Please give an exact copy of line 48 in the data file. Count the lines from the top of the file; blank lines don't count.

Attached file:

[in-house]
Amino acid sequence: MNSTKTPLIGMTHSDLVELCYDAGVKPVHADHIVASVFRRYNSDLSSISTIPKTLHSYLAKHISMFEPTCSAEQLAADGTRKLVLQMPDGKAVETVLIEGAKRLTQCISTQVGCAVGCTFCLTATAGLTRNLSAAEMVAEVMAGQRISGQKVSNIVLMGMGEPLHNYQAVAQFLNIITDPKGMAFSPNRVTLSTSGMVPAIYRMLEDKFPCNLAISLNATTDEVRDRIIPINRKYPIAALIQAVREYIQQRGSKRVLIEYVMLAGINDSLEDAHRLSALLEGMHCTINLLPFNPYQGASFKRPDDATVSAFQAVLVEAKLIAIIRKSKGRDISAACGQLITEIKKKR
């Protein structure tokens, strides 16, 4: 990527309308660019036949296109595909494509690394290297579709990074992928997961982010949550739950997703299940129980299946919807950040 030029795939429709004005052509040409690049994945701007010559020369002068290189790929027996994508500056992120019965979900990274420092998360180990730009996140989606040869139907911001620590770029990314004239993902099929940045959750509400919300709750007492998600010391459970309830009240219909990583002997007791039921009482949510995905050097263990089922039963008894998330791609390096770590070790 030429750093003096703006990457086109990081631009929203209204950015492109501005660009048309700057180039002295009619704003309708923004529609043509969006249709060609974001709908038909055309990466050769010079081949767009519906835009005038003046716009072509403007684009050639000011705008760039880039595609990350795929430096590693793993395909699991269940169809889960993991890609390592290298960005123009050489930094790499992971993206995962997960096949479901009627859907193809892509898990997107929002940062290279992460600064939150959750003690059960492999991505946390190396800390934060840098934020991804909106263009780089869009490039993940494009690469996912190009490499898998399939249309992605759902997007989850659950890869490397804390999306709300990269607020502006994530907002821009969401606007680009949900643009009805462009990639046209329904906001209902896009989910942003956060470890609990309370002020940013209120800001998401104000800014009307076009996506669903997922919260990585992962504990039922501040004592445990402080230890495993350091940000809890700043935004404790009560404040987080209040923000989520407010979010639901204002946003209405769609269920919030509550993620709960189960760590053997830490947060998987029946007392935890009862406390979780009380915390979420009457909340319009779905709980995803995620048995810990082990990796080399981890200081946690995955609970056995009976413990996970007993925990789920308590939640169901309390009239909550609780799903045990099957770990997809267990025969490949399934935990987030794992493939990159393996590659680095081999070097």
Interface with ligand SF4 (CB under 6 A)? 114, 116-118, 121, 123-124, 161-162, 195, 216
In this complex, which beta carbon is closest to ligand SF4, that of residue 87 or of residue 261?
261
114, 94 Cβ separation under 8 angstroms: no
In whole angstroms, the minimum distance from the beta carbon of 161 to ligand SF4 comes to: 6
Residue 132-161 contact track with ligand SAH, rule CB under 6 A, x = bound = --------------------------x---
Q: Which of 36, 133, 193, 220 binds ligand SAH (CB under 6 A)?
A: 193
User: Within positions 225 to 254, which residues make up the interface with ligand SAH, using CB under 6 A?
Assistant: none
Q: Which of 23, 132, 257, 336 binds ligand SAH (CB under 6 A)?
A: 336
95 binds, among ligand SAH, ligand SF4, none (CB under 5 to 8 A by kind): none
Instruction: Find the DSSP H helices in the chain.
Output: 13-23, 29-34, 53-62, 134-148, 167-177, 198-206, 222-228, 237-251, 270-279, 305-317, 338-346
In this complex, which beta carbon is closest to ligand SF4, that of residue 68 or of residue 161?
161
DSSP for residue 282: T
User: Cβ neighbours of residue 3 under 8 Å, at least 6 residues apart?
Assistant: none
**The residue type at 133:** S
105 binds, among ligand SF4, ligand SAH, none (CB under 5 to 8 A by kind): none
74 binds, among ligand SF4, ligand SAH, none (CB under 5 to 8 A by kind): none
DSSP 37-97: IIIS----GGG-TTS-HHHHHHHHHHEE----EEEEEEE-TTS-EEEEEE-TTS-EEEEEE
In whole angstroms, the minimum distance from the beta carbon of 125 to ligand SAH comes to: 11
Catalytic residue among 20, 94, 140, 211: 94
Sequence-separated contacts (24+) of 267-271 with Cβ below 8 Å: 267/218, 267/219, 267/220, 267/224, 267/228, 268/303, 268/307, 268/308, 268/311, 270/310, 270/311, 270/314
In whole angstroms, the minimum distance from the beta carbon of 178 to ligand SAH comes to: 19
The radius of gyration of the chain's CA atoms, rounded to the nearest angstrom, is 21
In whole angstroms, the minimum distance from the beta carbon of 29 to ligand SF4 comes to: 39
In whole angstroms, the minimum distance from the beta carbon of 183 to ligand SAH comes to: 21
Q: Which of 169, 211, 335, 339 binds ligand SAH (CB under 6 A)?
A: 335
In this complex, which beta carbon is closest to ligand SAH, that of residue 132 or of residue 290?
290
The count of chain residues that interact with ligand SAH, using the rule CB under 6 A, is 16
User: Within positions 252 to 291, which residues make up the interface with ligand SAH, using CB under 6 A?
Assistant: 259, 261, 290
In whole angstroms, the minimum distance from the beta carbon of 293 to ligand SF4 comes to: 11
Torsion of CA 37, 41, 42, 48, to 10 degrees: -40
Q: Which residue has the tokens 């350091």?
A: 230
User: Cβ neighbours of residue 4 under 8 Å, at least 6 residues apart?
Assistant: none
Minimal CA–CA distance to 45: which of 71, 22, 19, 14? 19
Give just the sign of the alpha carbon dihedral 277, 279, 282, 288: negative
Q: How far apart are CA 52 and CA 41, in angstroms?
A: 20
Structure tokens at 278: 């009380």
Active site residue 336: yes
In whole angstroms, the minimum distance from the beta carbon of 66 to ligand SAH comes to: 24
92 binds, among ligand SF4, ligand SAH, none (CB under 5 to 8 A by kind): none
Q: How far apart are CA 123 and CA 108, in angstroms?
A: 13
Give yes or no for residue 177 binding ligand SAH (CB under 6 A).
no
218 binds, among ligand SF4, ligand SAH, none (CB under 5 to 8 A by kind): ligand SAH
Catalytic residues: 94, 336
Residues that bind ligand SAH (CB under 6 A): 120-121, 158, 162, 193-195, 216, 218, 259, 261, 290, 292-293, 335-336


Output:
Minimal CA–CA distance to 45: which of 71, 22, 19, 14? 19